Long-time publisher of Zulu literature

Over the past couple of decades, the publishing focus has shifted to education, but in 2007, the company launched a new trade imprint called, simply, Shuter. It was envisaged that a focus of this new imprint would be indigenous language titles, not that the company was a stranger to such a venture. Shuter and Shooter has long published books in Zulu. One of these, uDingane by Rolfes Reginald Raymond Dhlomo, has not been out of print since its first appearance in 1936, the year that also saw the publication of uShembe, a biography of Isaiah Shembe, founder of the Shembe church, by John Langalibalele Dube, founding member and first president of the African National Congress, who was a friend and neighbour of Shembe.

Although it began publishing in the mid-thirties, the origins of Shuter and Shooter are to be found in one of the earliest businesses in Pietermaritzburg, Vause, Slatter and Company, which was established in 1850 as a printing, stationery and music business. The company was taken over in 1921 by L.G. (Gerald) Shuter and it remained Vause, Slatter and Co until, in 1925, R.A. Shooter arrived in response to a job advertisement. The two men went into partnership and changed the company name to Shuter and Shooter.

According to the 1968 book City of Pietermaritzburg, it was Shooter who was responsible for adding publishing to the firm’s activities and in 1936 Shuter and Shooter published books in Zulu aimed primarily at schools. “This was both a long-sighted and brave undertaking: long-sighted in that the development of the Zulu schoolbook market was foreseen and brave because the firm’s capital was already working overtime without the comparatively long-term investment in publishing ventures.”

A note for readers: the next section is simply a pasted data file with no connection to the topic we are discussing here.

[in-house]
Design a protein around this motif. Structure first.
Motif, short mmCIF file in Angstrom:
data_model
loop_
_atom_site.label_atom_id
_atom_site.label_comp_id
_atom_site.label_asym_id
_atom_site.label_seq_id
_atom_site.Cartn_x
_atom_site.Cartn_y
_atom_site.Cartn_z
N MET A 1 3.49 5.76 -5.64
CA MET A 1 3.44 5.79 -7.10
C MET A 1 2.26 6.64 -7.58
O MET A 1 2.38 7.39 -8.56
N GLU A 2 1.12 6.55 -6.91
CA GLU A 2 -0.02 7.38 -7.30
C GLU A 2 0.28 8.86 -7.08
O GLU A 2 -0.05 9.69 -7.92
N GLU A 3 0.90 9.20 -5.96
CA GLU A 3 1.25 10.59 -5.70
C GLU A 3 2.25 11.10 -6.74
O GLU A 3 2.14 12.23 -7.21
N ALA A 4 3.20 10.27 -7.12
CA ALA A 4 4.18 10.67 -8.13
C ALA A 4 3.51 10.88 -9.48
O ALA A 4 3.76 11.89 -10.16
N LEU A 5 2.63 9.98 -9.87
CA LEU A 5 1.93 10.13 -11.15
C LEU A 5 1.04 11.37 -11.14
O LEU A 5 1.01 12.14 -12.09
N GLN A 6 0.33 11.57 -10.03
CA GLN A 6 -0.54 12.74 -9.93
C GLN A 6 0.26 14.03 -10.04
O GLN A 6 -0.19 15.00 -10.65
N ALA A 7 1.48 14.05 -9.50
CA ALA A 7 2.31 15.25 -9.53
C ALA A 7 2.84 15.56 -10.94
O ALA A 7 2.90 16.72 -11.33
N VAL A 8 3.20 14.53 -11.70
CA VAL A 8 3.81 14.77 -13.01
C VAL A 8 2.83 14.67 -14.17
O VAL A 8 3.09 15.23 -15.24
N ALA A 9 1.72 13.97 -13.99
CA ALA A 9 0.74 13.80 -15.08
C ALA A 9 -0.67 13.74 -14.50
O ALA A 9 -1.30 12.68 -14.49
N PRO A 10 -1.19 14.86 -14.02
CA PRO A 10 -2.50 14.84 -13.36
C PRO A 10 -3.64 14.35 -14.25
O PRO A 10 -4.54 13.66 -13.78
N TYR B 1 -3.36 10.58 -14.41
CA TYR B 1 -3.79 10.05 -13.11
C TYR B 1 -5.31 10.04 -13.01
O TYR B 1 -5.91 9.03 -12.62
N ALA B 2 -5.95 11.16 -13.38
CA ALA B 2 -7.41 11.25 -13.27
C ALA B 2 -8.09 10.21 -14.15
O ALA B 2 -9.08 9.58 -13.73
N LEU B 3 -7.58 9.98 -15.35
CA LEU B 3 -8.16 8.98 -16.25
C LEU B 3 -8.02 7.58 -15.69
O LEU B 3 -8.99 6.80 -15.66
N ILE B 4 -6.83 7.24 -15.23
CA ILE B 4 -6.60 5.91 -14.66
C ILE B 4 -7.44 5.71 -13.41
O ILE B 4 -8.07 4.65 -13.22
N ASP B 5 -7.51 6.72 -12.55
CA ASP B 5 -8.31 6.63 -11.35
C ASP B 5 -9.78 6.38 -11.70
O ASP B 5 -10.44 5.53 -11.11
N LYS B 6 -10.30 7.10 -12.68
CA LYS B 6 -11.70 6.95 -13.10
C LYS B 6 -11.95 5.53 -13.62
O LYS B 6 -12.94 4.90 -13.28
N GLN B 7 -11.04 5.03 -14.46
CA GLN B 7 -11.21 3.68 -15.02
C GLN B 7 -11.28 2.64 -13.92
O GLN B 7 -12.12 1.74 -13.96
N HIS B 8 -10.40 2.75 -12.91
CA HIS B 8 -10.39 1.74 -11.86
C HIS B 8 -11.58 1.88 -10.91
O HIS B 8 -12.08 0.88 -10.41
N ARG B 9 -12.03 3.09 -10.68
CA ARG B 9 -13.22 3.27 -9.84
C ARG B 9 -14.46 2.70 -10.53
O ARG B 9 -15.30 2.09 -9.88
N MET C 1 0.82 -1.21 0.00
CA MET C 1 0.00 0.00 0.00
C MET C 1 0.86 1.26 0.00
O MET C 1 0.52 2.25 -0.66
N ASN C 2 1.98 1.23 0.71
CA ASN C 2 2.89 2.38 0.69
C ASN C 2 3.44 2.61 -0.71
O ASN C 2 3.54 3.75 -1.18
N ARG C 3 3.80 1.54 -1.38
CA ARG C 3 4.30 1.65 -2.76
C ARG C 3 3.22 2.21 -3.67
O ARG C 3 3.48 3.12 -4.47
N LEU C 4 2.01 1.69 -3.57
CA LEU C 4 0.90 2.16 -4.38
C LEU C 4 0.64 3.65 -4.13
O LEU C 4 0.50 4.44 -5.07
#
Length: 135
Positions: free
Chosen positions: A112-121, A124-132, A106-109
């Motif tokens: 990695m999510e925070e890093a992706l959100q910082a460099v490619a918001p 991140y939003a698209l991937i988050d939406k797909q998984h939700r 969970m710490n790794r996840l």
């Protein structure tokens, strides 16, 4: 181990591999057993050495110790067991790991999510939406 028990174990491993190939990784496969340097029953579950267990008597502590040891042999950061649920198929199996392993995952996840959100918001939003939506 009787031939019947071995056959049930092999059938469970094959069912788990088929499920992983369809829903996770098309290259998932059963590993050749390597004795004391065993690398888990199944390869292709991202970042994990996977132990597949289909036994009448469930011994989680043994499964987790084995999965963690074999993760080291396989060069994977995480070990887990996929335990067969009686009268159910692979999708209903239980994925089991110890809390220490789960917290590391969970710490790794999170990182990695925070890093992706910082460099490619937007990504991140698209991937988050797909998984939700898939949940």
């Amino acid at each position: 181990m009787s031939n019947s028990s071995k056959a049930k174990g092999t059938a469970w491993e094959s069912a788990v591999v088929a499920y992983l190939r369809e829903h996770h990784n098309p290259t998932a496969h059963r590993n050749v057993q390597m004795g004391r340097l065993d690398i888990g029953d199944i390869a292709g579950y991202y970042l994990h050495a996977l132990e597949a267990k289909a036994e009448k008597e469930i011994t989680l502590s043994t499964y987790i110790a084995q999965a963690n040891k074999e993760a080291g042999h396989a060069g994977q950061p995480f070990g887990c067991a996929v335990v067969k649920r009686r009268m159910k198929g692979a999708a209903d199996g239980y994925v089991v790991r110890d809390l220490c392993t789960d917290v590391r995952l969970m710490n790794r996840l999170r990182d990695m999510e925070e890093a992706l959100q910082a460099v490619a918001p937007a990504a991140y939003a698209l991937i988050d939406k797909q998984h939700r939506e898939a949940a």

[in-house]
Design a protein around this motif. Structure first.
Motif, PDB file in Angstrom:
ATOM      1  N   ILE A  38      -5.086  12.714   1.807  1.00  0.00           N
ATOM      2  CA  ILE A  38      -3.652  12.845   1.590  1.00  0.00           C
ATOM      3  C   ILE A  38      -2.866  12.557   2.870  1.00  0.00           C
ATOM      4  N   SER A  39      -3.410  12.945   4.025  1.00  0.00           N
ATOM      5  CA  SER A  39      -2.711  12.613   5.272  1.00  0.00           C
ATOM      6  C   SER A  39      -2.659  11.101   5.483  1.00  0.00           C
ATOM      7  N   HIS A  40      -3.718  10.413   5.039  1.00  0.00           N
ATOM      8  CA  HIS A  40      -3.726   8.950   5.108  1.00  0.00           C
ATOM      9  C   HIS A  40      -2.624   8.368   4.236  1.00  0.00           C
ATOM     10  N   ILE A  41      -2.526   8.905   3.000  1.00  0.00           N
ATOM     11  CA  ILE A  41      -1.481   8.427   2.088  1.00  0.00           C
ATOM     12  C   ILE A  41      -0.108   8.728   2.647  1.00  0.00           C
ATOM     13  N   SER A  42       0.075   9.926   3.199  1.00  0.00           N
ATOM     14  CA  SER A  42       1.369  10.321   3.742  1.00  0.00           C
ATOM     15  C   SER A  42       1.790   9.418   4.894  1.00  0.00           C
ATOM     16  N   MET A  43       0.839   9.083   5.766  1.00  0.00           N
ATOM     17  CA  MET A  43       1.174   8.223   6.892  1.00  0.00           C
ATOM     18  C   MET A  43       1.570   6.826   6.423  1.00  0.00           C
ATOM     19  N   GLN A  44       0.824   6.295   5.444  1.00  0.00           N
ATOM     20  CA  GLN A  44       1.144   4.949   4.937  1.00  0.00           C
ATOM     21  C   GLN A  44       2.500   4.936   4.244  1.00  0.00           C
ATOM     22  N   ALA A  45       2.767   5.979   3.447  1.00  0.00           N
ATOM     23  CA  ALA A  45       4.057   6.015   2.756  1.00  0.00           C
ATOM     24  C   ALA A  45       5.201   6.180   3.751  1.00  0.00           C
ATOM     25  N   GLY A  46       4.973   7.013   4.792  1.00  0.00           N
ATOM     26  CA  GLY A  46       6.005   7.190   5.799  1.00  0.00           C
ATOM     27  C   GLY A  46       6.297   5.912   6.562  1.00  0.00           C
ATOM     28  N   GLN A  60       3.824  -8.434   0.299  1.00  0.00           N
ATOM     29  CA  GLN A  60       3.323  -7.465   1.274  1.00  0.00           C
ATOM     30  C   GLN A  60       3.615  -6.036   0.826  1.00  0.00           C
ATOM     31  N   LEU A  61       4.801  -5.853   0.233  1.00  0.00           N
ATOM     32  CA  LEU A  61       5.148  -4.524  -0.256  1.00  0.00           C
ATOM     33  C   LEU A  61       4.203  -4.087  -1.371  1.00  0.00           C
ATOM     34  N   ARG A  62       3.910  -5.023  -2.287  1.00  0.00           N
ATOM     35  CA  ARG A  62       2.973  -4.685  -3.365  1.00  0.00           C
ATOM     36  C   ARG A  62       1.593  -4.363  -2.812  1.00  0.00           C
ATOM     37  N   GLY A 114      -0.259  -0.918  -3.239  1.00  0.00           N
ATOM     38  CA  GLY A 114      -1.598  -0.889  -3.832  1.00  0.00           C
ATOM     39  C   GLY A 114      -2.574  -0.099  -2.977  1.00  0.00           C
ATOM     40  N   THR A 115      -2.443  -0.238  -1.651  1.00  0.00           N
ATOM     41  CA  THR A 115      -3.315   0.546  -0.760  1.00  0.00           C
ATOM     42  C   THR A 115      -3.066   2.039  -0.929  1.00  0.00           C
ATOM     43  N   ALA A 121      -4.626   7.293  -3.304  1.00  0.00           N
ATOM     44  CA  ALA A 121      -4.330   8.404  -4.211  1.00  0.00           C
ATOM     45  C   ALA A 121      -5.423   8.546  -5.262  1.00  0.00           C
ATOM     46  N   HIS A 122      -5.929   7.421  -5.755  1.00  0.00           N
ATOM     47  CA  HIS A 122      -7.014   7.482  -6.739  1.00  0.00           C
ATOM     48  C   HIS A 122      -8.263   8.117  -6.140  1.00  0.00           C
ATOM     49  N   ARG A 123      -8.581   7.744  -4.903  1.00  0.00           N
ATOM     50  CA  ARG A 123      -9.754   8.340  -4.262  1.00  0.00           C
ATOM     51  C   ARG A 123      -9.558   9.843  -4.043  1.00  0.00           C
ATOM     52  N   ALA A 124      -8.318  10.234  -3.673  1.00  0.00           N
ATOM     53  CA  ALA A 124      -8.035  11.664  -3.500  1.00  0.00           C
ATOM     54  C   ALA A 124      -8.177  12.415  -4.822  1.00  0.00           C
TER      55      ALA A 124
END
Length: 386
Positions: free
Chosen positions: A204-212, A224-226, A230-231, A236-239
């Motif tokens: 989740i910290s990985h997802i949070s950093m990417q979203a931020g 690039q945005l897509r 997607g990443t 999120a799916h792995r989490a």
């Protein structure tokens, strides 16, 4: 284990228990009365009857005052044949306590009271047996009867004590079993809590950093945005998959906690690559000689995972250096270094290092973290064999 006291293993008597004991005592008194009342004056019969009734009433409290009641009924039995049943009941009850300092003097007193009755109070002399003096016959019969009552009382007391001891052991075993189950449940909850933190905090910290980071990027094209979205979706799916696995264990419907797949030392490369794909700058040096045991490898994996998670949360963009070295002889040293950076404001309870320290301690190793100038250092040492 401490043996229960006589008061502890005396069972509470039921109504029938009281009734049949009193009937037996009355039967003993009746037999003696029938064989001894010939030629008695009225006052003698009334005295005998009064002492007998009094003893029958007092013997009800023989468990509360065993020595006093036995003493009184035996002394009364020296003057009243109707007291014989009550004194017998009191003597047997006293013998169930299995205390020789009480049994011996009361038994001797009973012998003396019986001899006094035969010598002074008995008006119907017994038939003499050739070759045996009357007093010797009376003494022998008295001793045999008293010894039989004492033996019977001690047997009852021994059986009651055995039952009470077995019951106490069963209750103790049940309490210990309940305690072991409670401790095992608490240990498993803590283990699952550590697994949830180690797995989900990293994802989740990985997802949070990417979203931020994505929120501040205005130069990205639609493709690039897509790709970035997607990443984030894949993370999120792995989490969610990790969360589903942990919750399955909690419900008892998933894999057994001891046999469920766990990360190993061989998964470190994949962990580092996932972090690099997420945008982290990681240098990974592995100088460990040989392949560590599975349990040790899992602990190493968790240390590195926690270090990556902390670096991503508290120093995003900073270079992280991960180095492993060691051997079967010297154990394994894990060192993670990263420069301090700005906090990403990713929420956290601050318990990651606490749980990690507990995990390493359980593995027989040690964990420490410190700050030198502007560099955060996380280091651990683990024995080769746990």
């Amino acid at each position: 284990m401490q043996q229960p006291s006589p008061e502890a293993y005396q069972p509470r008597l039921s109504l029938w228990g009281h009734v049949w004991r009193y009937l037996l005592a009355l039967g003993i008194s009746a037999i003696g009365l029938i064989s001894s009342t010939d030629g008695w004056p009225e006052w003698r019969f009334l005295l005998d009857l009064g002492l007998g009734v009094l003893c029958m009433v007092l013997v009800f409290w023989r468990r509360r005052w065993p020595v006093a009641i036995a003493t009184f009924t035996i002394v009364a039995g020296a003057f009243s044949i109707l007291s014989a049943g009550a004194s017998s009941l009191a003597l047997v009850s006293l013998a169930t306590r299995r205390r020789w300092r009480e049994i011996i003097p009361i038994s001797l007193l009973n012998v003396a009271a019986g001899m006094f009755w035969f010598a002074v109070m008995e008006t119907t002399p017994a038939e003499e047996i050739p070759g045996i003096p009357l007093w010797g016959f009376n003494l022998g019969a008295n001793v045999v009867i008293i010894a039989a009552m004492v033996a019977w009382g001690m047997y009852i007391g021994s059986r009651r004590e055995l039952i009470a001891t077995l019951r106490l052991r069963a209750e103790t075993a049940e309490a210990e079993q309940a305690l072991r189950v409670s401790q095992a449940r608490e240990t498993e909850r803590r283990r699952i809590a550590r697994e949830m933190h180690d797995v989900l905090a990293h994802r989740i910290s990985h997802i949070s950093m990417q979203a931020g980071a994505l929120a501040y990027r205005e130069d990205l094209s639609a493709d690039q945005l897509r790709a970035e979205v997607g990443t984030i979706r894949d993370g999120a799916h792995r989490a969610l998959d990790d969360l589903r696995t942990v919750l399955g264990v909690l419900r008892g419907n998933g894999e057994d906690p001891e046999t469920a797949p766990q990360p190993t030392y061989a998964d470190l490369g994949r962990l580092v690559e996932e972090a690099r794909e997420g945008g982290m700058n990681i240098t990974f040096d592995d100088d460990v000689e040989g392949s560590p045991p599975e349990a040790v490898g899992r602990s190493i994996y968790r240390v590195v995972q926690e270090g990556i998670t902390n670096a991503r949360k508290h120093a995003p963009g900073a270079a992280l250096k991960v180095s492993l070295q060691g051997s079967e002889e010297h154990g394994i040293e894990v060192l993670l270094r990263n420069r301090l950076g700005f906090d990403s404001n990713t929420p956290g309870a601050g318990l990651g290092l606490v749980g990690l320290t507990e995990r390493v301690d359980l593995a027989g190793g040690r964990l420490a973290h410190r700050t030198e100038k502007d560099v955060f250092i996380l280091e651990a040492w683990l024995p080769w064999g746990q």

According to Dave Ryder, a former managing director of Shuter and Shooter, Shooter was a progressive person for the time. “He was a very liberal thinker, at a time when white people thought blacks could not write, let alone have anything important to say.”

In a 2007 Witness article on the firm, Maureen Nel, the daughter of Shuter, said her father was also supportive of the move. “He always thought this an important milestone both for the firm and for education in this country, and he was very proud of the fact they had done this.”

Although uDingane remains the title longest in print, Shuter and Shooter also published several other titles by Dhlomo, including uShaka, uMpande, uCetshwayo and uDinizulu. Dhlomo, the brother of writer Herbert Dhlomo, was born in Edendale and was also a respected journalist and short-story writer. He was also the first black South African to publish a novel in English, An African Tragedy, published by the Lovedale Press in 1928.